THE GIRL ON THE COVER of East Asian Film Noir: Transnational Encounters and Intercultural Dialogue appears caught in an uncertain narrative. Her coquettish demeanor suggests a sexual encounter (heightened by her side-eye to a subject just out of the frame), yet her raised fists seem to prelude a sprint or a fight. That the publisher or editors of the book chose this film still, of the luckless female protagonist from Seung-wan Ryoo’s critically panned flick No Blood No Tears, says something about representation and recognition of East Asian films in the noir rubric.

Films from the East Asia region are rarely inscribed, by general consensus, into the traditional noir canon; to even be asked to think of a film or director that is faithfully representative of the genre draws a blank. In this volume, edited by Chi-Yun Shin and Mark Gallagher, 12 essays attempt to decode cinema from Japan, South Korea, China, Hong Kong, and Taiwan in the framework of noir or neo-noir criticism from the 1950s until now. The very first lines of the book’s introduction by Gallagher already raise questions — “does film noir exist in East Asia? Do East Asian filmmakers make films noir?” — that seem to contradict the declarative title, as if Gallagher had anticipated that readers would be startled, if not incensed, by the assignment of the likes of Kurosawa to the film noir genre. But this uncertainty is not just confined to film noir’s validity in an East Asian context. As the introduction and several contributors to the book suggest, the label “film noir” itself is contentious, as the genre and its myriad conventions are generally applied to a huge swathe of Hollywood films from the early 1940s through the late 1950s by critics, writers, and cinephiles — not necessarily by the directors themselves.

The first section of the book picks up where this classic period film noir is thought to have ended and transports us to a post-World War II Japan. In “Out of the Past: Film Noir, Whiteness and the End of the Monochrome Era in Japanese Cinema,” Daisuke Miyao ascribes the agendas of Japan’s political transitions at the time to the extreme contrasting of whiteness (criticism of rapid modernization) and shadowing (the traditions of prewar Japan) in the flicks Conflagration and Tokyo Twilight — an aesthetic device usually associated with classic noir. Referencing Jun’ichiro Tanizaki’s essay “In Praise of Shadows,” Miyao argues for the Japanese preoccupation with darkness and suffusion of shadows in film, hinting that the style in these films was born from sociopolitical reaction, rather than just cultural borrowing of the American noir genre. In “Kurosawa’s Noir Quartet: Cinematic Musings on How to Be a Tough Man,” the lens is swung from object and composition to characterization: the psychologically complex, ornery male figure, another film noir convention, is discussed. Dolores Martinez looks at the problematic moral representations of boys and men in what she calls Kurosawa’s “modern noir films”: Stray Dog, The Bad Sleep Well, High and Low, and Yojimbo.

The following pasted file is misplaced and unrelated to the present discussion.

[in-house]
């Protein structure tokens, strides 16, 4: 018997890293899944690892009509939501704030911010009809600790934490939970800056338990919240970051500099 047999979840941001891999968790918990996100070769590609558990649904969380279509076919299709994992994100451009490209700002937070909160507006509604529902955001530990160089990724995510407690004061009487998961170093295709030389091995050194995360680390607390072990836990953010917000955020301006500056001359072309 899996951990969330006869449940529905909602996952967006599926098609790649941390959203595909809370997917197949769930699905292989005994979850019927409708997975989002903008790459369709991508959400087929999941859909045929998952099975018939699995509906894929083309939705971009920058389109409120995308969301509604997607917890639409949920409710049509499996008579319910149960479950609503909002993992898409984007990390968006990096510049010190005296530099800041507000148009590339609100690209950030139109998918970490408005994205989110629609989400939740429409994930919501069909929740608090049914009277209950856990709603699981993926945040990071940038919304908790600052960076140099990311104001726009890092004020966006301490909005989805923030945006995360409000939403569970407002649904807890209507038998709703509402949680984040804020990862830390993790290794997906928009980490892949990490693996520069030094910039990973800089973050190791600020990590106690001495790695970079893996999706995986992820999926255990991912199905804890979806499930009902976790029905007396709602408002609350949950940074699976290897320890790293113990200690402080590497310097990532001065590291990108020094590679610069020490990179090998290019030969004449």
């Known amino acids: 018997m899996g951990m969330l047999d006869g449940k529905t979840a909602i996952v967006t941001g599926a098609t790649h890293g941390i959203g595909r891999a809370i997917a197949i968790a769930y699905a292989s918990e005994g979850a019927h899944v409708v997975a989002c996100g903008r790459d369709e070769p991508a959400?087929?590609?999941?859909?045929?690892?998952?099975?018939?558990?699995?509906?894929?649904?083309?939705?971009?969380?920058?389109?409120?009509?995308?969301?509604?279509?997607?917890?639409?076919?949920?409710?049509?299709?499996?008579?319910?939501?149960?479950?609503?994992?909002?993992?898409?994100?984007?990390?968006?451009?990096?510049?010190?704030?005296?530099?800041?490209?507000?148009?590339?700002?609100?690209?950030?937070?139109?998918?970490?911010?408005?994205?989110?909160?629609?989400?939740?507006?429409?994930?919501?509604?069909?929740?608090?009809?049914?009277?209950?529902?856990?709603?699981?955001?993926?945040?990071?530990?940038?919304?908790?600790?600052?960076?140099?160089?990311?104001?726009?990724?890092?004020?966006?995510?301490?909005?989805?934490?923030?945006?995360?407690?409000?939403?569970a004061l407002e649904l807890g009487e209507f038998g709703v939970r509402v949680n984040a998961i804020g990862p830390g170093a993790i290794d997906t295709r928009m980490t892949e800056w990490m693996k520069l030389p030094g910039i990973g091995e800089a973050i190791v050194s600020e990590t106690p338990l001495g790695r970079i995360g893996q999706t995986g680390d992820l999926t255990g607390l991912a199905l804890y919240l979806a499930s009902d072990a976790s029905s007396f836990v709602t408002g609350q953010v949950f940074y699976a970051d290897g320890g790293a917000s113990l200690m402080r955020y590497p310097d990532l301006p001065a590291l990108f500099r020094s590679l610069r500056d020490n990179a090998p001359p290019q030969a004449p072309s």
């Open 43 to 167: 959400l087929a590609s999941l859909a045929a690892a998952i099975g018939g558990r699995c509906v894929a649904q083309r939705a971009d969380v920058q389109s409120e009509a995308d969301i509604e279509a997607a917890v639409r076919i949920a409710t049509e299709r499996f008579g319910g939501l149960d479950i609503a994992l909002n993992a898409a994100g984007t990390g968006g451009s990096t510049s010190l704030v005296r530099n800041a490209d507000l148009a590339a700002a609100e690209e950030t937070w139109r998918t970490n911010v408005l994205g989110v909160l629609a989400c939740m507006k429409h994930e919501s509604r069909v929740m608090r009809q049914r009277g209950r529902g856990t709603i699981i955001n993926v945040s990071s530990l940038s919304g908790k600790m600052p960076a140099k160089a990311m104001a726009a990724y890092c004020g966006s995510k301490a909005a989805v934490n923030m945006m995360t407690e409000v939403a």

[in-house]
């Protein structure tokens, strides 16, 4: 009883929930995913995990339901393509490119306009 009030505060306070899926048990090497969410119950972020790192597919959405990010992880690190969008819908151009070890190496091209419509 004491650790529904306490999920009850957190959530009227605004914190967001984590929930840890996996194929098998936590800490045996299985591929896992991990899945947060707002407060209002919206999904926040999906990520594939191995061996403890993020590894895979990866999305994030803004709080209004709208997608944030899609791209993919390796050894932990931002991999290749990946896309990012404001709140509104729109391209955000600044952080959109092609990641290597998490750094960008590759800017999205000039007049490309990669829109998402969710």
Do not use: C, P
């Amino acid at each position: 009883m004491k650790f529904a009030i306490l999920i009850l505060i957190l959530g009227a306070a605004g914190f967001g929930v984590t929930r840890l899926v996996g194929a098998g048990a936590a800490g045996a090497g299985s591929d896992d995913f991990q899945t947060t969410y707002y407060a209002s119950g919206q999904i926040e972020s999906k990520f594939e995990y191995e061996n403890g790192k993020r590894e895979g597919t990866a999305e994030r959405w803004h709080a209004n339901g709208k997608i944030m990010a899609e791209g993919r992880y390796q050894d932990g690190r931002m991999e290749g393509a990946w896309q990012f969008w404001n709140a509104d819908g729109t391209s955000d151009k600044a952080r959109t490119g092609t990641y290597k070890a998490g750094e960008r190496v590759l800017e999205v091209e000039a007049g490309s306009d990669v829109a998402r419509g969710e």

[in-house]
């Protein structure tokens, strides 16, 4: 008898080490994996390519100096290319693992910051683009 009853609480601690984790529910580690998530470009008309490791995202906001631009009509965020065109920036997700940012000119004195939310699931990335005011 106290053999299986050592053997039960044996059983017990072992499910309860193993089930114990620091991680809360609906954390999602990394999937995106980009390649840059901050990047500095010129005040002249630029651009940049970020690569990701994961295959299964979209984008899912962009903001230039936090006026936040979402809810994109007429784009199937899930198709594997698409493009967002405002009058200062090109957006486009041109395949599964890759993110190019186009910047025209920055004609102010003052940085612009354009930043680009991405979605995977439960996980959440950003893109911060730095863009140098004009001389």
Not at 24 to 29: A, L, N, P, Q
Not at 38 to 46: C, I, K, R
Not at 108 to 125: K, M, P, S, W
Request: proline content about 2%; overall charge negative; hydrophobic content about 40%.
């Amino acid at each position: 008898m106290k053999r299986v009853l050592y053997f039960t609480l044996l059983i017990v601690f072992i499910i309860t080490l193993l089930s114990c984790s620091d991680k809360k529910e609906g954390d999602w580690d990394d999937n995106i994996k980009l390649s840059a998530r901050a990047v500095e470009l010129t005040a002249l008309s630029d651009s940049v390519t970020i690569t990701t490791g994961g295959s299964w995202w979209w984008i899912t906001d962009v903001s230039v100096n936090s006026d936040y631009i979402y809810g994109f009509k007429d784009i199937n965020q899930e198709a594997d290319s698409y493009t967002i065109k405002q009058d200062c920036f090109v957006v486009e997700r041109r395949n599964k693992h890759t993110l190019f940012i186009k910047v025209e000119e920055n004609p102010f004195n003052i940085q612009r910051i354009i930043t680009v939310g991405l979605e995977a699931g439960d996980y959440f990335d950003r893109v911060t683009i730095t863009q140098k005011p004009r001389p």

Already, the specificities of cultural DNA in film are so meticulously discussed that any sort of general conclusion about the validity of East Asian film noir would be impossible. But we suspect that is not the point of this book. Rather, the writers, who have written these essays independent of each other, have penned a series of impassioned love letters to the East Asian films, filmmakers, or actors of their choice. The only consistent structure is that which pins these essays together in three sections, the first two being, respectively, essays on Japan and South Korea. Rather unfairly, the essays on mainland China, Hong Kong, and Taiwan have been cobbled together into the third and final part. As each writer’s style and focus differs from the next, the fluctuations in comprehension of content and caliber of writing are jarring, but separately each essay illuminates a different corner of East Asian cinema.

After the discussion of Kurosawa and the black-and-white era, the essays vacillate largely between conditions of film such as setting, composition, inhabitation, and characterization. The introduction and geographical placing of neo-noir begins with a study of Japanese-American cinema set in the gritty, gang-ridden alleys of Los Angeles in Suzanne Arakawa’s essay “The Japanese Los Angeles of The Crimson Kimono and Brother,” and continues to appear for the remainder of the book, including in Dan North’s exploration of Ghost in the Shell’s dystopian landscapes. The latter discusses the only anime series present in the book, and ties artificial bodies (half-robots) and artificially created bodies (in animation) to the negative noir reaction to modernity. Later, Philippa Lovatt writes on the social critique of “black economy” in China’s “docu-noir” cinema in the 1990s through to the 2000s in “Life is Cheap: Chinese Neo-Noir and the Aesthetics of Disenchantment.”